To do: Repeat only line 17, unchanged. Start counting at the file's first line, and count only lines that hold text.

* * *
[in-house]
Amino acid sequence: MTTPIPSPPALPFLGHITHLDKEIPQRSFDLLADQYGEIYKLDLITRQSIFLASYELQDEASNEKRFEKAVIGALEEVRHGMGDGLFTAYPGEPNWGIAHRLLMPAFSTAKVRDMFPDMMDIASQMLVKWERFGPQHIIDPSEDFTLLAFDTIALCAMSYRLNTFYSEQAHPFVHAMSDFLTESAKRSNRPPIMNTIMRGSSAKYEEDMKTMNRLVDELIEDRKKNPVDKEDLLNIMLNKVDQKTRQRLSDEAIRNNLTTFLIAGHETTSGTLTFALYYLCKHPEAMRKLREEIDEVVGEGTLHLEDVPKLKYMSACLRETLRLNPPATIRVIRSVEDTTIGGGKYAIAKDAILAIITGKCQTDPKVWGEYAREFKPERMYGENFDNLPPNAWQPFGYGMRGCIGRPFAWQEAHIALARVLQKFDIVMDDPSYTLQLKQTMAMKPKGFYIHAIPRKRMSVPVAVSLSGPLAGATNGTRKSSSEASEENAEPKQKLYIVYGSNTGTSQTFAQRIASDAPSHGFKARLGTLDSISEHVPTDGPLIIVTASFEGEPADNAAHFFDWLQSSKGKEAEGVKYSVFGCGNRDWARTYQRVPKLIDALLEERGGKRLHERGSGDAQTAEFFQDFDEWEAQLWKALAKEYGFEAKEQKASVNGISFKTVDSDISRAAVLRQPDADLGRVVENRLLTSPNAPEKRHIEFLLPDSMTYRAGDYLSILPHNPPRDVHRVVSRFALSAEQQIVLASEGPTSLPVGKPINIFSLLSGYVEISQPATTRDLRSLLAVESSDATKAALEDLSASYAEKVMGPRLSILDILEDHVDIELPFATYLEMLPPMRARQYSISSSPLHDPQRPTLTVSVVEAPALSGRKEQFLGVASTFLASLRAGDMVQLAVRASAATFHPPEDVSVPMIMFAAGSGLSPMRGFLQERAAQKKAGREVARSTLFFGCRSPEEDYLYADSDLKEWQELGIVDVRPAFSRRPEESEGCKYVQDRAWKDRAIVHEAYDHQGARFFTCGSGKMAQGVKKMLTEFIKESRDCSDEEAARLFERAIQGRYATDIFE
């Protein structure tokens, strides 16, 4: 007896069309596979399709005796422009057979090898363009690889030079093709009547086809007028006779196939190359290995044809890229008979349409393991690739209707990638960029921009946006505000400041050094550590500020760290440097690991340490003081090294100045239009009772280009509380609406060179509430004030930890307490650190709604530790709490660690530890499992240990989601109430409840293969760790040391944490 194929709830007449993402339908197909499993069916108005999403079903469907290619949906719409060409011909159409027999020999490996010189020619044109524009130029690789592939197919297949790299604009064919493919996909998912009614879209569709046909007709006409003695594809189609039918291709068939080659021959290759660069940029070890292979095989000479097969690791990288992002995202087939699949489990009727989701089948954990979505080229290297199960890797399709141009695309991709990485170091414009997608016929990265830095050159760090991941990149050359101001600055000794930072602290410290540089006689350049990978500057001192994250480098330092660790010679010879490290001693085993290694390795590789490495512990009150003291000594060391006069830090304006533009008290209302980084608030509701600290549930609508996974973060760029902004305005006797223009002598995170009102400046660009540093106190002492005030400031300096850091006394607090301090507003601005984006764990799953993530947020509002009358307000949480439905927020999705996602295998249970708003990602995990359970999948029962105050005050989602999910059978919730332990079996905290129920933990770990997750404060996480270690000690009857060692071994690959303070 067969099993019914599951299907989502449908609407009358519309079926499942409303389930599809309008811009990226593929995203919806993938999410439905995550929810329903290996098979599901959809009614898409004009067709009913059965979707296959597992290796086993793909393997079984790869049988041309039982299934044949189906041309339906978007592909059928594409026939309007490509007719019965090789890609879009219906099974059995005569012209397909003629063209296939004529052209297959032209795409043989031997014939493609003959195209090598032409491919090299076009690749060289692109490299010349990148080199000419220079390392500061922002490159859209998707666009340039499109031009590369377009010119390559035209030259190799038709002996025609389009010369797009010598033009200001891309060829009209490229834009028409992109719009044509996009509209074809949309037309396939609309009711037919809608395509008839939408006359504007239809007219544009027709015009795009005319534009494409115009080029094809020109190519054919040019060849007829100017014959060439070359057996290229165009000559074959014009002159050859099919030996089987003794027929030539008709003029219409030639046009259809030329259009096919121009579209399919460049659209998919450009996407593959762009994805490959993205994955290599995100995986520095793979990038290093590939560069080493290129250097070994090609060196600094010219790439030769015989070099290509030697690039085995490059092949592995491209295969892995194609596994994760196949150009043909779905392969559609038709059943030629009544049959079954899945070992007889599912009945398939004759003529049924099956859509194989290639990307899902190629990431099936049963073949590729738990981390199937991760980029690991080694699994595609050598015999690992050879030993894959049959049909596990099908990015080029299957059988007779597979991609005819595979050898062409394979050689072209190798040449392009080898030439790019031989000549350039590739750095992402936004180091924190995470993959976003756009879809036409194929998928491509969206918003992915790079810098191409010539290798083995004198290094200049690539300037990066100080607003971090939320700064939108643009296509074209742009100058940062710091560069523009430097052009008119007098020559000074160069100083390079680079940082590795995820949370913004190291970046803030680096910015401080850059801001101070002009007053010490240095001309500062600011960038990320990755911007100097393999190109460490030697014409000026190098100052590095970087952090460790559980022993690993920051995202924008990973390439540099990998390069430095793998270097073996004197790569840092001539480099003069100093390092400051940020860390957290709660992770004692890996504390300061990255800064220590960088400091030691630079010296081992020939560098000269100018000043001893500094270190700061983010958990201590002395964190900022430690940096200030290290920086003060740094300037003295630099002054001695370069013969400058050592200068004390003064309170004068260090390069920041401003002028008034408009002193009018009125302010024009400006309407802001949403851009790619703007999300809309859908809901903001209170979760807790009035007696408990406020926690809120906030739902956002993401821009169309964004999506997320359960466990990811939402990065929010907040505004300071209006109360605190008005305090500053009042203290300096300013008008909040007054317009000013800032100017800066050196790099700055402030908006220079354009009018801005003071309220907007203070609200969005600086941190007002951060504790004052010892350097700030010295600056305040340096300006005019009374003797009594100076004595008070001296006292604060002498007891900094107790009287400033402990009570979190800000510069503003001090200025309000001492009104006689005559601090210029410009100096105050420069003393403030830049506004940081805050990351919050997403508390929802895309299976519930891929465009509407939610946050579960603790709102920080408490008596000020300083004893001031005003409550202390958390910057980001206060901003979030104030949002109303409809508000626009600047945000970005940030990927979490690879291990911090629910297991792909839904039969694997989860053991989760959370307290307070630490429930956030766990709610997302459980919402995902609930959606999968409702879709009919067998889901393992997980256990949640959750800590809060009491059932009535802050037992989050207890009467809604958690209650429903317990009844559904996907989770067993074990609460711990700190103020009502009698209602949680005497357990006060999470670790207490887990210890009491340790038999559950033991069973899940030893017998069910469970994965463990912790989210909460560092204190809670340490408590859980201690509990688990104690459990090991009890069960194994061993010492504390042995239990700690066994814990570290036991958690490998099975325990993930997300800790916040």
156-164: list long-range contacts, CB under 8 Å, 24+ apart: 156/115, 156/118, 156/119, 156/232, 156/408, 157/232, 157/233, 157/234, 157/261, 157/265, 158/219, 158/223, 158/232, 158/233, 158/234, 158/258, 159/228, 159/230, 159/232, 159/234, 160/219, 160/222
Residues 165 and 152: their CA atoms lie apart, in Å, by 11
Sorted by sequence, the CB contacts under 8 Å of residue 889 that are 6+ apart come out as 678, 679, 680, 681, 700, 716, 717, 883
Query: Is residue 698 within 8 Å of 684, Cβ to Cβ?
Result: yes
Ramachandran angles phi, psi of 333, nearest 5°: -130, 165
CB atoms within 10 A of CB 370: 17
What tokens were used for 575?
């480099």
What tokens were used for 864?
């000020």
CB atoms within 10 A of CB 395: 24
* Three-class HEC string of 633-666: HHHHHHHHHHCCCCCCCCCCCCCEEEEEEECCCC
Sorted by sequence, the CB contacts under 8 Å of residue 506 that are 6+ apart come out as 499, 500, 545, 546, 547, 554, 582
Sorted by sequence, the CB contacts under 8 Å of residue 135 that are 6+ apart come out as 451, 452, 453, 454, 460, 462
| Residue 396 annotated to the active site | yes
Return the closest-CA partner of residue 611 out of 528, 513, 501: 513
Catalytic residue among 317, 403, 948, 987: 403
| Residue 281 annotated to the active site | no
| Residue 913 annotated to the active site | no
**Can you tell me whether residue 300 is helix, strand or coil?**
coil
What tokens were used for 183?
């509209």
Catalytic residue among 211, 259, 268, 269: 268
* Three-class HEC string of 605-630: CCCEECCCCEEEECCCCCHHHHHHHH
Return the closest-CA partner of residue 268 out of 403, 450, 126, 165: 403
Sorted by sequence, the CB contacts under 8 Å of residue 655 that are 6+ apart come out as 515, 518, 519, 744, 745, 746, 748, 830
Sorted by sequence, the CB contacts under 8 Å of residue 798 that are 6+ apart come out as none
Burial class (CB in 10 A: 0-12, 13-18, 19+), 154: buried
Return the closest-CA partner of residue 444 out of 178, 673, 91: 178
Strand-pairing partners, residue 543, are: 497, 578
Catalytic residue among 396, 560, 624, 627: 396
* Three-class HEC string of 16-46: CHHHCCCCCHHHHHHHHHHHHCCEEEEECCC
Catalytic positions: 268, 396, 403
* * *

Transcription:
Sorted by sequence, the CB contacts under 8 Å of residue 506 that are 6+ apart come out as 499, 500, 545, 546, 547, 554, 582